Ice loss in Antarctica and Greenland has contributed nearly half an inch to the rise in sea levels in the past 20 years, according to an assessment of polar ice sheet melting that researchers are calling the most reliable yet.
What's more, ice loss is rapidly speeding up in the north, while the rate in Antarctica has been fairly constant, the researchers report Friday (Nov. 29) in the journal Science.
Ice loss has been notoriously difficult to measure, and different studies have produced wildly different results, but the new study combines their methods to determine that the ice lost from Antarctica and Greenland accounts for .44 inches (11.1 millimeters), or a fifth, of the 2.2 inches that the seas have risen on average since 1992, said Ian Joughin, a glaciologist at the University of Washington in Seattle who collaborated on the study.
The rest of the sea level rise has been caused by melting of other ice around the world and by thermal expansion of ocean waters, which take up more space as they get warmer. Sea-level rise is not distributed evenly over the globe; some areas, such as off the U.S. Northeast, are disproportionately affected.
"Greenland is losing mass at about five times the rate today as it was in the early 1990s," study researcher Erik Ivins, an earth scientist at NASA's Jet Propulsion Laboratory, said in a press conference about the results. "In some contrast, Antarctica appears to be more or less constant, although for the last decade we appear to see about a 50 percent increase in ice-loss rate." [Images of Melt: Earth's Vanishing Ice]
Climate and Earth scientists have long been concerned about the melting of the polar ice sheets, which has the potential to contribute to massive sea-level rise as the planet warms. Current projections range from somewhere between 8 inches (20 centimeters) and 6.6 feet (2 meters) of total sea-level rise over the course of this century.
But even figuring out how much ice is already gone is a difficult job. For one thing, ice loss and accumulation vary a lot from year to year, Joughin said. That means researchers have to look at multiple-year chunks of time.
Ivins says different studies of the ice sheets have had different strengths and weaknesses. "People were looking at different time spans, they were looking at data sets that had great fidelity in one region and not great fidelity in another region, or they were able to capture the physics of ice-sheet change for one aspect and very poorly for another," he said.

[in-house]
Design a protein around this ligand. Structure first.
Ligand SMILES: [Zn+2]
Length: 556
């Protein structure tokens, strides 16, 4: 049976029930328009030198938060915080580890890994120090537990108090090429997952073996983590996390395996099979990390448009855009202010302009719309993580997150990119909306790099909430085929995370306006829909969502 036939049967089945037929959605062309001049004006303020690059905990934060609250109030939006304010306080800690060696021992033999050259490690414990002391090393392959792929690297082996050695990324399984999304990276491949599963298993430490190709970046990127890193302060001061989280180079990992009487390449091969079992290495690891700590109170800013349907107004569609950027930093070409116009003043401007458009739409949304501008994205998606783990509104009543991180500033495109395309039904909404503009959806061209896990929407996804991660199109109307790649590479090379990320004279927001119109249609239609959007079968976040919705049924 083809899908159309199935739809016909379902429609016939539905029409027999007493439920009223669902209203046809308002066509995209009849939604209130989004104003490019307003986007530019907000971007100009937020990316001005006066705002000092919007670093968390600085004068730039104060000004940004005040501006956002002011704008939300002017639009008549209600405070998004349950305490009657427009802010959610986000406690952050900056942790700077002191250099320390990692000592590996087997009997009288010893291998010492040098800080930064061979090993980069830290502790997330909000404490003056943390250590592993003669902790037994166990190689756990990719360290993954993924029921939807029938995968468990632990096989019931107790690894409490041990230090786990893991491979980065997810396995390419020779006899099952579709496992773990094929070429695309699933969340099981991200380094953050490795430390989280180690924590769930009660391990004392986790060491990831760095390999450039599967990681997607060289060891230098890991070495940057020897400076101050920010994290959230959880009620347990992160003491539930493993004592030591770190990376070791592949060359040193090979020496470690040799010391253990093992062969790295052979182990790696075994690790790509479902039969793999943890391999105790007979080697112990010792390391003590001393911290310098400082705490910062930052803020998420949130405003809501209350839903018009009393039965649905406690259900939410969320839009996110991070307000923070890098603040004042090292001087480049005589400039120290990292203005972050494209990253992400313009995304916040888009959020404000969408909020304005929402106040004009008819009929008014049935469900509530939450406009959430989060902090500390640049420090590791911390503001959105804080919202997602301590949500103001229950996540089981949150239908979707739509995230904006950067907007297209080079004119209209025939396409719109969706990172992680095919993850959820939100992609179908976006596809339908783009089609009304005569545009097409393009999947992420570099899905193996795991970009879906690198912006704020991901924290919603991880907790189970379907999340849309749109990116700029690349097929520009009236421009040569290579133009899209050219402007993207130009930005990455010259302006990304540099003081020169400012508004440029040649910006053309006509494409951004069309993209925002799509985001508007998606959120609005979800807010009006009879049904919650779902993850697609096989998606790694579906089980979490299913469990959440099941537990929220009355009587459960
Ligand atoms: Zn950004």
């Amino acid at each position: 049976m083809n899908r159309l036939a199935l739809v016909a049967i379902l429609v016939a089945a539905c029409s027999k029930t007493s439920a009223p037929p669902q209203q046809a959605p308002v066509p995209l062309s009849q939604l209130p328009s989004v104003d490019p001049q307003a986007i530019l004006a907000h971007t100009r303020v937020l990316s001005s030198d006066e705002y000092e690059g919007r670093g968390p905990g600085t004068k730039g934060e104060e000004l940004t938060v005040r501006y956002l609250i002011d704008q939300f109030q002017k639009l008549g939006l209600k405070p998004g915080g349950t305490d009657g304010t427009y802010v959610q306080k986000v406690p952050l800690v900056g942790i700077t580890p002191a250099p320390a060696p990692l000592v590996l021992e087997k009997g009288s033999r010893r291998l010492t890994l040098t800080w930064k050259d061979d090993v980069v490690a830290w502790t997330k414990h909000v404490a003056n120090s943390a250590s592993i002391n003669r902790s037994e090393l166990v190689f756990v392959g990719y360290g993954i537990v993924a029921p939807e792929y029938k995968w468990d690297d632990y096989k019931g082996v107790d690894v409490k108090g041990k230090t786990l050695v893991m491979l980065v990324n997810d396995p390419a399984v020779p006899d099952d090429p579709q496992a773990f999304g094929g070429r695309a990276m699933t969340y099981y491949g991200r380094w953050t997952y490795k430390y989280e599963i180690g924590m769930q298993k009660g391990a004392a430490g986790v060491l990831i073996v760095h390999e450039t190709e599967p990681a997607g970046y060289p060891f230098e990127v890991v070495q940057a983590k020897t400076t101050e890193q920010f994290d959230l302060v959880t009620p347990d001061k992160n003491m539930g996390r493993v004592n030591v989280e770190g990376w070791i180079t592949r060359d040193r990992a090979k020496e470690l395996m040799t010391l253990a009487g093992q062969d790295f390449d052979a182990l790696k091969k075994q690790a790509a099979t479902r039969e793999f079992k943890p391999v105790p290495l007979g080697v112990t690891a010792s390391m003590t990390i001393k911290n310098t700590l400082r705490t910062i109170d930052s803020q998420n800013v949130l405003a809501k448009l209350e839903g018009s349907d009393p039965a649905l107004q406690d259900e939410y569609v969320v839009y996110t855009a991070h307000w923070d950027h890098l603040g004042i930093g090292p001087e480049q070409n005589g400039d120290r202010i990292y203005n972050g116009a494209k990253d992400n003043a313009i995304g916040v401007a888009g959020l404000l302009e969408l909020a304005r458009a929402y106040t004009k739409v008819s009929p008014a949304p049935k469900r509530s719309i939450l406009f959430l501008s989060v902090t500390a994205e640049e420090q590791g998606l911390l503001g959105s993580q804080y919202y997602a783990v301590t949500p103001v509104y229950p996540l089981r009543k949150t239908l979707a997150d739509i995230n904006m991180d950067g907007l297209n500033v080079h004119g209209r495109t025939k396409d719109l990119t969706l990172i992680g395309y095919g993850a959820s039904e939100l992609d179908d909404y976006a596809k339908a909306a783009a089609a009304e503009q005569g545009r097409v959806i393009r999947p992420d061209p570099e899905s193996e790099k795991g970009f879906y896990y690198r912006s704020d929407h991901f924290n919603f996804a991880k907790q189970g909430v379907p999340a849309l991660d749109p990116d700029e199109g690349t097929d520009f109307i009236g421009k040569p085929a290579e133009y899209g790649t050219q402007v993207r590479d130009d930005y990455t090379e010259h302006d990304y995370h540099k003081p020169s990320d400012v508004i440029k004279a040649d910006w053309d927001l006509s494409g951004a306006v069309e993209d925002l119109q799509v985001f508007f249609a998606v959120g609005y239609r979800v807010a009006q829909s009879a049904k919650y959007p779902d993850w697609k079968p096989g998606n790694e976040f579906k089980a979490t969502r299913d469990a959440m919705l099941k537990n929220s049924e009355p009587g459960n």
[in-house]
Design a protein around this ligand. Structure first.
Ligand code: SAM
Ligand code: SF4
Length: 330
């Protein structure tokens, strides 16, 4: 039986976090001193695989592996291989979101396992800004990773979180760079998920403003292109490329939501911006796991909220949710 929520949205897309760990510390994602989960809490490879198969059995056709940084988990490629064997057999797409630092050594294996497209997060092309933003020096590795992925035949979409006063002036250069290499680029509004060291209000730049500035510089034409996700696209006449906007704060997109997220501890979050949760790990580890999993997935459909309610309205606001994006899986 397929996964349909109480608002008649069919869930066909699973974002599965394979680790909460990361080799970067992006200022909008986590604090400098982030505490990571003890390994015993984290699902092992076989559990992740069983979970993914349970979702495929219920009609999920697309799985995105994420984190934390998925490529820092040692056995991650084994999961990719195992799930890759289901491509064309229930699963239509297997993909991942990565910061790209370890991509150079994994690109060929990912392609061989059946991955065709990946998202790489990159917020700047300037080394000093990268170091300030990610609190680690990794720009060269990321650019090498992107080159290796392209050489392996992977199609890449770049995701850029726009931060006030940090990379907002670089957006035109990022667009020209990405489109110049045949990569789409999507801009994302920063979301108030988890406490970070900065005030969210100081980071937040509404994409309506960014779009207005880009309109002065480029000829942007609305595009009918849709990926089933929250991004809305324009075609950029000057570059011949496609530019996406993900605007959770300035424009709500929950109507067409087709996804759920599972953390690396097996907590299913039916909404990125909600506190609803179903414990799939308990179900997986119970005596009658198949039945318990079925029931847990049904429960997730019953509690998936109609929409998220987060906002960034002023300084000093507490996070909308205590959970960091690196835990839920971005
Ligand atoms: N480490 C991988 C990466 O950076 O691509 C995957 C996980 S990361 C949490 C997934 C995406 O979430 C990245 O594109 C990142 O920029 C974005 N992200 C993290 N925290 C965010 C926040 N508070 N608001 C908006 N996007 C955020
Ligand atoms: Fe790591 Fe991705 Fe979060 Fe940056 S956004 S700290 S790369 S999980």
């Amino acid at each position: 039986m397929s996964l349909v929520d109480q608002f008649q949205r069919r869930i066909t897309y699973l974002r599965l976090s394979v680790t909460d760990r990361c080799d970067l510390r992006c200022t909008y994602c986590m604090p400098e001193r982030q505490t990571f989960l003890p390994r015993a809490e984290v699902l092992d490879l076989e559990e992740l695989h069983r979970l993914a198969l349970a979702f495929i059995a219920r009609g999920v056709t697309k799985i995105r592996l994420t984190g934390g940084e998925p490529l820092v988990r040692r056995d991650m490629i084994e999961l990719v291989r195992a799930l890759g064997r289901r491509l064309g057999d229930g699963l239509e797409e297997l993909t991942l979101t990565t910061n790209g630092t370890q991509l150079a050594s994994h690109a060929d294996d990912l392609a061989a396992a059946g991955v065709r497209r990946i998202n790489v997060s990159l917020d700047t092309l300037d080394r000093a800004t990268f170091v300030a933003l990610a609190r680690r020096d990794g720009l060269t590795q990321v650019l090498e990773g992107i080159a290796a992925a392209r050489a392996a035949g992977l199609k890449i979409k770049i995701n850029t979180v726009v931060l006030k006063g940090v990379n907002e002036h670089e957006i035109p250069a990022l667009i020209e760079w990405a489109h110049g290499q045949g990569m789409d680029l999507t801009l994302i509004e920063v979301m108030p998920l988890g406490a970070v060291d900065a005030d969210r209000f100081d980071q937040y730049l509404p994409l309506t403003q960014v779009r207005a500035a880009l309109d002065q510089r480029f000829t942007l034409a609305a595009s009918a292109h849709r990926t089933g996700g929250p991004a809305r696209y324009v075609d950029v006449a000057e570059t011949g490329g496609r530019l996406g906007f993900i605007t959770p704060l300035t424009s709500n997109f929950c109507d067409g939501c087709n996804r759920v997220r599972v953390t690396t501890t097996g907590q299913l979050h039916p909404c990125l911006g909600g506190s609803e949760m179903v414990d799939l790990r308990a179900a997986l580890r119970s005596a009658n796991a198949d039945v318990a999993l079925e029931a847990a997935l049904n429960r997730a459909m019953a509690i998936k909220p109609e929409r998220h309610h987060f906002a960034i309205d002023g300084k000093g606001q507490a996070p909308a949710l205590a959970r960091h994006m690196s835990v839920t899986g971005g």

The result was a wide spread of ice-change estimates, ranging from a yearly loss of 676 metric gigatons of ice from Greenland and Antarctica combined, all the way to an actual accumulation of 69 metric gigatons each year. (A metric gigaton is a billion metric tons.)
Led by University of Leeds researcher Andrew Shepherd in the United Kingdom, the new effort is the first to combine these methods and compare them in an "apples to apples" way, Joughin said. Researchers on the project said their results were the most reliable yet in estimating sea ice losses.
Ice loss accelerating
The combination of previous observations revealed that no matter how you slice it, the poles are losing ice.
Between 1992 and 2011, Antarctica lost 1,320 metric gigatons (plus or minus 980) of ice, while Greenland lost 2,940 metric gigatons (plus or minus 940). Western Antarctica is losing significant amounts of ice, while eastern Antarctica is compensating somewhat by gaining some ice. That's consistent with patterns climate scientists have found that show climate change driving increased snowfall in eastern Antarctica, Shepherd told reporters.
Accelerating ice loss has also boosted ice sheets' contribution to sea-level rise over the last two decades, said Michiel van den Broeke, a study researcher from Utrecht University in the Netherlands. When averaged out over the past 20 years, ice-sheet melting has contributed about 20 percent of the overall sea-level rise, but when looking at the past few years, van den Broeke said, it has accounted for 30 percent to 40 percent of continuing sea-level rise. A study just released in the journal Environmental Research Letters finds that sea level is currently rising 0.12 inches (3.2 millimeters) annually, 60 percent faster than the estimate calculated by the Intergovernmental Panel on Climate Change in 2007.
What researchers don't yet know is what the past ice-loss numbers say about the future. Greenland, especially, is seeing a major acceleration in ice loss, Joughin said. (This year, the summer Greenland ice melt broke a 30-year record, losing more ice than it ever has since record keeping began.) But you can't extrapolate the future from those trends, he said.
"It really remains unclear whether such losses will decline, whether it will level off or whether they will accelerate further," Joughin said. "To understand what is going to happen in the next century, we need models – and right now those models are very much limited by lack of data."
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Stephanie Pappas is a contributing writer for Live Science, covering topics ranging from geoscience to archaeology to the human brain and behavior. She was previously a senior writer for Live Science but is now a freelancer based in Denver, Colorado, and regularly contributes to Scientific American and The Monitor, the monthly magazine of the American Psychological Association. Stephanie received a bachelor's degree in psychology from the University of South Carolina and a graduate certificate in science communication from the University of California, Santa Cruz.